Now he says, “Rebuke not… ” That’s an interesting word. “Epiplesso” which means strike, beat upon. [chuckle] Don’t beat him up. [chuckle] This is the only place in the New Testament where this word is used. Well, actually the ordinary meaning is chastise with words, or chide roughly, or upbraid, or rebuke strongly. The basic meaning, as I told you, is beating up, beat on a person. [chuckle] But he says, “Don’t do that.” Now, why? Well, of course you know why. You don’t get anywhere in the first place, and you leave a lot of scar tissue in the second place that will take a long time to heal, maybe never disappear.

So, don’t do it that way. And sometimes you may be strongly tempted to. Some people are difficult and others put thought into being impossible, right? [chuckle] So, you may be strongly tempted to just explode on somebody. Don’t do it. I have a Cookism that I stole, I think, from someone but it’s so true. “Make a speech in anger, and it’ll be the finest speech you ever regret.” Every time you blow up, you may do a good job of blowing up, but you’ll always be sorry that you did it. So don’t do it that way. Now, the psychological reason is that you don’t change people by yelling at them. Husbands and wives find that out, don’t they? [chuckle] You don’t change the love of your life in the things that you want to have done differently by shouting about it.

It doesn’t work that way. People don’t change by lectures about it. So, that’s one good reason for not confronting roughly someone who is an elder in the work. And another reason is that by doing that, you destroy all possible bases of real cooperation. If you have the clout to say “You do it or else… ” assuming that you’ve got that much clout, the person will be forced to, if he wants to keep his job, will be forced to comply, but real cooperation will have vanished, and you’ll be subject to all kinds of foot dragging and all kinds of invisible slowdowns. People will be forced to comply, but they’ll do it as slowly and as ineffectively as possible just to prove you wrong. That’s human nature. That doesn’t work. There’s no future. There’s no markup in it. Like hypocrisy, Jesus said there’s no markup in that. So it is with this kind of dealing with other people. Just don’t beat up on them verbally. You don’t change people by lecturing them. All you do is make them defensive and create a lot of scar tissue, a lot of wind damage, a lot of hurts and deep hurts that take a long time to heal, all right?

Well, he said, “What else or how shall I do it?” He says, “But entreat him as a father.” Now, that’s a very familiar word in your Greek New Testament, “parakaleo” which means beseech or urge or exhort, and it has the overtones of comfort. From the same root we get the name for the Holy Spirit, the parakletos. The Holy Spirit is the Comforter, the One called alongside to help. That’s the easy transliteration of the word. The Holy Spirit of God is the One called alongside to help. He is the Comforter. That word is related to the word used here, entreat him, exhort, beseech. “I beseech you therefore, brethren by the mercies of God,” Paul says in Romans 12. Remember that verse? What word does he use there? Let me look and see. Turning the pages here. See, parakalo, same verb. I beseech you. I beseech you, brothers. So he says you beseech him, you entreat him, you beg of him, you urge him, and you have something in what you say that’s going to be of comfort to him.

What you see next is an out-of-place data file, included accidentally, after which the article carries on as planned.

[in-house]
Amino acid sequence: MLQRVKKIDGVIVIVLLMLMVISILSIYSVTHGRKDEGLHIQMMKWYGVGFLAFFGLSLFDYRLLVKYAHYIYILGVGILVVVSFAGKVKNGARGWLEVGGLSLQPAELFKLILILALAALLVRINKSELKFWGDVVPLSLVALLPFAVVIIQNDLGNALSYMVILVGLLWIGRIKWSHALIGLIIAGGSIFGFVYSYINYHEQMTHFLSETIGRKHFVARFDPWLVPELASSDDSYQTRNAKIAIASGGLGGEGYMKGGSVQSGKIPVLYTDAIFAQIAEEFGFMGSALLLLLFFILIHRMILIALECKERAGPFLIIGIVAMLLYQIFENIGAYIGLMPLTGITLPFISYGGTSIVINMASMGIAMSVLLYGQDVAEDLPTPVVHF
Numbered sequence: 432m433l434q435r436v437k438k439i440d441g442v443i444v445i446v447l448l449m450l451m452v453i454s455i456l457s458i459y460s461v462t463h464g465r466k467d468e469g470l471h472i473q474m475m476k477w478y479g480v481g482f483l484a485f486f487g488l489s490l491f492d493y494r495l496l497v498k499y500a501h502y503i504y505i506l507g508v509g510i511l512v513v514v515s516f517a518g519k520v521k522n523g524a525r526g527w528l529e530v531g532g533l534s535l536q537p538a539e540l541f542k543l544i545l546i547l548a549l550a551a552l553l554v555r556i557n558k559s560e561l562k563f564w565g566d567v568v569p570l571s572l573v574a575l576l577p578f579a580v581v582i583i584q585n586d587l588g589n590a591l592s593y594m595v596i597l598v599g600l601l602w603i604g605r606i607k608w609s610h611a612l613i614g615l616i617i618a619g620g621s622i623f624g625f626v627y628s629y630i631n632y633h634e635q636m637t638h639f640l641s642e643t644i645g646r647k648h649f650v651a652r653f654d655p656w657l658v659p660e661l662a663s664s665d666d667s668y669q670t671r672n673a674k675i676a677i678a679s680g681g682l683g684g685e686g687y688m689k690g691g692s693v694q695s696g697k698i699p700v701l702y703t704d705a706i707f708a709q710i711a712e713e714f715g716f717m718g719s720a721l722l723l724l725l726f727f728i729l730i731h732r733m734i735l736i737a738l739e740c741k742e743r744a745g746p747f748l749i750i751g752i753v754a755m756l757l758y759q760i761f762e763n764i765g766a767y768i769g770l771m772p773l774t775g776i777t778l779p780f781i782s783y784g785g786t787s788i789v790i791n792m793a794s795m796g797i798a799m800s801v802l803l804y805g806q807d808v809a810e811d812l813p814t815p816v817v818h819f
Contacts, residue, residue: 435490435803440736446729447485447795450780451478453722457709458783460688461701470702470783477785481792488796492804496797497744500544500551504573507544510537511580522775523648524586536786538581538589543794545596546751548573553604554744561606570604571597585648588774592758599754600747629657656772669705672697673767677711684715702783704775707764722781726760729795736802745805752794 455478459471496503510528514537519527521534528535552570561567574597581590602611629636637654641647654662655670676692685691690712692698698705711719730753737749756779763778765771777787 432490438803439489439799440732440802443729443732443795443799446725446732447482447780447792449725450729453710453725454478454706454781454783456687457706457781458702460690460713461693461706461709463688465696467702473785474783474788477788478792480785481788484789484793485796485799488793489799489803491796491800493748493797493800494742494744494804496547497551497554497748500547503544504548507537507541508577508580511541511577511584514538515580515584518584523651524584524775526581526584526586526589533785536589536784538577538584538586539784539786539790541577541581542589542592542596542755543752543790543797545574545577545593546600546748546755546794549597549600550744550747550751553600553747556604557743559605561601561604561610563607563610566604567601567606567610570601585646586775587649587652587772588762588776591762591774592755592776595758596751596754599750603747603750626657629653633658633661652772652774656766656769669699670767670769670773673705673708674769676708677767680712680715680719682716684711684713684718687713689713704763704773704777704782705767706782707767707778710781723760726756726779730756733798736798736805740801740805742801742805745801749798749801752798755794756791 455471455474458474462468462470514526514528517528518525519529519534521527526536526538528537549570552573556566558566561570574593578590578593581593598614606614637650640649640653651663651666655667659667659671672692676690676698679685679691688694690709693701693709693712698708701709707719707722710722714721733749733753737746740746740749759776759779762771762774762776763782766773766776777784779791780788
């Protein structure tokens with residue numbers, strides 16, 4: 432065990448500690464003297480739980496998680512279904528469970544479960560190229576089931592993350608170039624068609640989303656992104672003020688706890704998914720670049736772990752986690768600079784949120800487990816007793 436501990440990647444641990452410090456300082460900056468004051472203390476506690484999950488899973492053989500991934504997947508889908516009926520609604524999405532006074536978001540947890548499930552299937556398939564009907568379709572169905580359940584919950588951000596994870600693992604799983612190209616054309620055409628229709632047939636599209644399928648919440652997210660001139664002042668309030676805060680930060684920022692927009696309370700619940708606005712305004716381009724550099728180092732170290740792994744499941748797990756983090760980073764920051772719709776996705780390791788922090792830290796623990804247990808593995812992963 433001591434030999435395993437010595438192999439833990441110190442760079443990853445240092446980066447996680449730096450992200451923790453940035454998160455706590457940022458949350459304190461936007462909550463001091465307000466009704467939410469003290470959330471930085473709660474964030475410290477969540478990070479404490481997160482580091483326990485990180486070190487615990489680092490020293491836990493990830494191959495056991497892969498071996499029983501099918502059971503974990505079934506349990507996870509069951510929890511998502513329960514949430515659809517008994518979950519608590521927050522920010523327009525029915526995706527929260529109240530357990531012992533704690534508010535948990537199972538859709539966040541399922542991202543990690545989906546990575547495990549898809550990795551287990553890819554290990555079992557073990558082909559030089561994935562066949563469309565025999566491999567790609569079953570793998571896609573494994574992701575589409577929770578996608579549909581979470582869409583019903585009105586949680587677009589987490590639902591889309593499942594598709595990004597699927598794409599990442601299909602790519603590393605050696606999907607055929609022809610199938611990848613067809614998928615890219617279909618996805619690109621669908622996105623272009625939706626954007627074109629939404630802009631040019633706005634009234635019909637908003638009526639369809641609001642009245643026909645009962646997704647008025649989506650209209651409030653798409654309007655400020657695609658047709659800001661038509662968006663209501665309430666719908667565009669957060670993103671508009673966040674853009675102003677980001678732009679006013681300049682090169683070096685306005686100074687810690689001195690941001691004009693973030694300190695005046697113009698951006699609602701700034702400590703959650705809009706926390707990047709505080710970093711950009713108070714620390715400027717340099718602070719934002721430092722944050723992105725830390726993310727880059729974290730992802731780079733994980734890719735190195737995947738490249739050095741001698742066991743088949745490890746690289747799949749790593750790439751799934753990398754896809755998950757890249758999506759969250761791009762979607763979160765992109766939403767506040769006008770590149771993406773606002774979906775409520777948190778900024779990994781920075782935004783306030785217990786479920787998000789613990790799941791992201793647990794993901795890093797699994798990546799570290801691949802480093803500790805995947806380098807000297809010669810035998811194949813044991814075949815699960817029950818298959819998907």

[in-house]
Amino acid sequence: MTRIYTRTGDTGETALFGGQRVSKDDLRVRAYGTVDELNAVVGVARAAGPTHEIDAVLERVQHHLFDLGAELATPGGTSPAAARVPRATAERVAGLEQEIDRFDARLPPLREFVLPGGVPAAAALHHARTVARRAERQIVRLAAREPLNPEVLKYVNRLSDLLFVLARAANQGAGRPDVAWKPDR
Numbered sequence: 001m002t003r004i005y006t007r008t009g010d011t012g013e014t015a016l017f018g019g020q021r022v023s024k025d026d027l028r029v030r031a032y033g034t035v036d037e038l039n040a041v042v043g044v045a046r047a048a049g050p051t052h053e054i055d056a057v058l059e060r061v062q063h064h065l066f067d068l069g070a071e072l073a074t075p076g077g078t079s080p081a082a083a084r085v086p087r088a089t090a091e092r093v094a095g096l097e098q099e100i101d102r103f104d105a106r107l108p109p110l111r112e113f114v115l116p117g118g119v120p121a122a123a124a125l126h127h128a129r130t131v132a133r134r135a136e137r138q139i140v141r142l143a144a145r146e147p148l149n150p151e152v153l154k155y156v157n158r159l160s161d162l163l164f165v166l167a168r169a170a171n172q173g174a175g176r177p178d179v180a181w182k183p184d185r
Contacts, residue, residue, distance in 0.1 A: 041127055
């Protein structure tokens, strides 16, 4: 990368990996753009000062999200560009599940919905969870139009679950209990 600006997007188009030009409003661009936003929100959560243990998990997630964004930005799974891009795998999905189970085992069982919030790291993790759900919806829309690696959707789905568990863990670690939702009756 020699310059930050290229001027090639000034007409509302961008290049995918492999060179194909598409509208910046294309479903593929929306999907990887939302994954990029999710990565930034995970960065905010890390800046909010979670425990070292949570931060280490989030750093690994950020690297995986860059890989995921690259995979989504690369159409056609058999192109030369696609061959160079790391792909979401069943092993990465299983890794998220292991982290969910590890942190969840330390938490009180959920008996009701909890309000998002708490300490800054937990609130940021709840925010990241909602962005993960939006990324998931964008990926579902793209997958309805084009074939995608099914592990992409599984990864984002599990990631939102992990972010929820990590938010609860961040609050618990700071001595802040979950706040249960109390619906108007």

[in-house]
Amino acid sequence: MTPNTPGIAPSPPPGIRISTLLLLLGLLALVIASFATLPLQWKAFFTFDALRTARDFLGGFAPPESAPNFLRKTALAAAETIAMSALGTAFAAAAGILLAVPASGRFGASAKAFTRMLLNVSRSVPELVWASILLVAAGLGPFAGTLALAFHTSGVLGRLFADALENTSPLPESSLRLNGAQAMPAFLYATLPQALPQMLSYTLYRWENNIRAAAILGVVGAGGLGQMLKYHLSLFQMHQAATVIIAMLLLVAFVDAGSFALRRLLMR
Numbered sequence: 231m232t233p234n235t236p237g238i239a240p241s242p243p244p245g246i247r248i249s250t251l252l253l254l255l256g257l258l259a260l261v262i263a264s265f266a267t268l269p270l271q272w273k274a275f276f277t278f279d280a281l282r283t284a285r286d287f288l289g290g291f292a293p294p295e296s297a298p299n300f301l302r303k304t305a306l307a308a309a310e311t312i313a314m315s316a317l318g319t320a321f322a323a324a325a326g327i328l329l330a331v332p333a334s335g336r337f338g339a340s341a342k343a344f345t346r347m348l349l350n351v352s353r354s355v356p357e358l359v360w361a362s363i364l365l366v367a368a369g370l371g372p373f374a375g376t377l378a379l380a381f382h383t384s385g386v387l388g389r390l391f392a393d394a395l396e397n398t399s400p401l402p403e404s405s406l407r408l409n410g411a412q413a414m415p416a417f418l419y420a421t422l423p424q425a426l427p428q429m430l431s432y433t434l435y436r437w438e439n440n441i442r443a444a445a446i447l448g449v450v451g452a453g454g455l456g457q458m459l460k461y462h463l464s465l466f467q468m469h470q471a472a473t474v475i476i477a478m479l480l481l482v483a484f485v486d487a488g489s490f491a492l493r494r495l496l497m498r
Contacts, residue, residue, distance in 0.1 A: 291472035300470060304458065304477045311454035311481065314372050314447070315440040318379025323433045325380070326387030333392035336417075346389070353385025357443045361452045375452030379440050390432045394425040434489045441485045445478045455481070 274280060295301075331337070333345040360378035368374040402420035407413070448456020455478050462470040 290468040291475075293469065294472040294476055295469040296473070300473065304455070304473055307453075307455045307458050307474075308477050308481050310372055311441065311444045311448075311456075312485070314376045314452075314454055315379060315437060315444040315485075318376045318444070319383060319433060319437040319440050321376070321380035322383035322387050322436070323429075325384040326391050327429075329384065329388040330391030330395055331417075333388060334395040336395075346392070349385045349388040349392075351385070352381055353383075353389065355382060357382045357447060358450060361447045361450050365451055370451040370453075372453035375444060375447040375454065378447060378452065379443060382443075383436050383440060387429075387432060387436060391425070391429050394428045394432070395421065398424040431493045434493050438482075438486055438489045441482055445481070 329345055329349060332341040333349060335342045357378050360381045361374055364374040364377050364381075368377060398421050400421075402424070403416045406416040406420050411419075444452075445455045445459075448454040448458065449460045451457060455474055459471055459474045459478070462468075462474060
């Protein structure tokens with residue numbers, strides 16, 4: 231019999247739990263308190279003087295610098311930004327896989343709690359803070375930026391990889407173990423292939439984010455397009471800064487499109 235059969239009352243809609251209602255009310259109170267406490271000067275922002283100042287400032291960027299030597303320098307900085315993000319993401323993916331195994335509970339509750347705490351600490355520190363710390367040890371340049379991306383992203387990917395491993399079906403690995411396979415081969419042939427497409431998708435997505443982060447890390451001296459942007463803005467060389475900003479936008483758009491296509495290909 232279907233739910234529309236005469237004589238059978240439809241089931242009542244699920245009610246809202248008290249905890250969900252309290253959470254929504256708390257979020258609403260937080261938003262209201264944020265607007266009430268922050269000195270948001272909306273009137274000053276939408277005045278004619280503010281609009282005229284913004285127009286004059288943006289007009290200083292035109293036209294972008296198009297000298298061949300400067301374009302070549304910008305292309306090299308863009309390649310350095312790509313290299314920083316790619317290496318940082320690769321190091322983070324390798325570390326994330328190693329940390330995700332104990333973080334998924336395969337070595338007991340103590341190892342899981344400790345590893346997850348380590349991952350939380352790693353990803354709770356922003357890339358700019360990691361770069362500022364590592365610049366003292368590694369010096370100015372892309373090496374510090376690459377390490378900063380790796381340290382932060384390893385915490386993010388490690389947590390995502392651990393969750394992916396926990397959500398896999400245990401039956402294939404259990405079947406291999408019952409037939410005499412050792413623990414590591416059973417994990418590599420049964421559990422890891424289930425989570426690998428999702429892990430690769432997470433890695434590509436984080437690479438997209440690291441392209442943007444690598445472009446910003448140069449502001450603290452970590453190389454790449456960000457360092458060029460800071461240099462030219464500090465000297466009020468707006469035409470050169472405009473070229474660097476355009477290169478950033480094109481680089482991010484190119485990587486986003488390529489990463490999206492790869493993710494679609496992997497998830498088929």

Small thought here. Most people, when they disagree with you on matters of principle or procedure, have some inner needs that are involved. And I’ve found this again and again. This is not to say that everybody whoever disagrees with you has a second hidden agenda. I don’t mean that necessarily. But where you find a person who is, especially a person older than you in the work, who is disagreeing about some change, well there’s something there that needs the comfort of God. In order to make the person comfortable with the change. You see, I oppose change because I don’t feel good about it. I don’t feel comfortable with it. Someone said to me a few years ago, “When my company was about to change over from manual bookkeeping to computerized, I just fought it because I didn’t think it was a good thing.” Really?

This person went on to say, “I was afraid I couldn’t handle it. Now that the system is in, I’m glad it’s in, and it’s such a good thing.” Our job is to make sure that what we say is in the nature of loving entreaty that somehow gets at the root of the person’s inner need. You beseech him, you entreat him, you exhort him, but the overtone of comfort needs to be there. That’s pretty good stuff, isn’t it? Yes, it is. Pastor, you try that out for size in your church, you’ll find that it works beautifully. Oh, yes, it does.

Dear Father today, oh may we be loving and kind and wise as we deal with others who may be older and more experienced than we, and who need that tender touch from God, in Jesus name, Amen.

Till I meet you once again by way of radio, walk with the King today and be a blessing!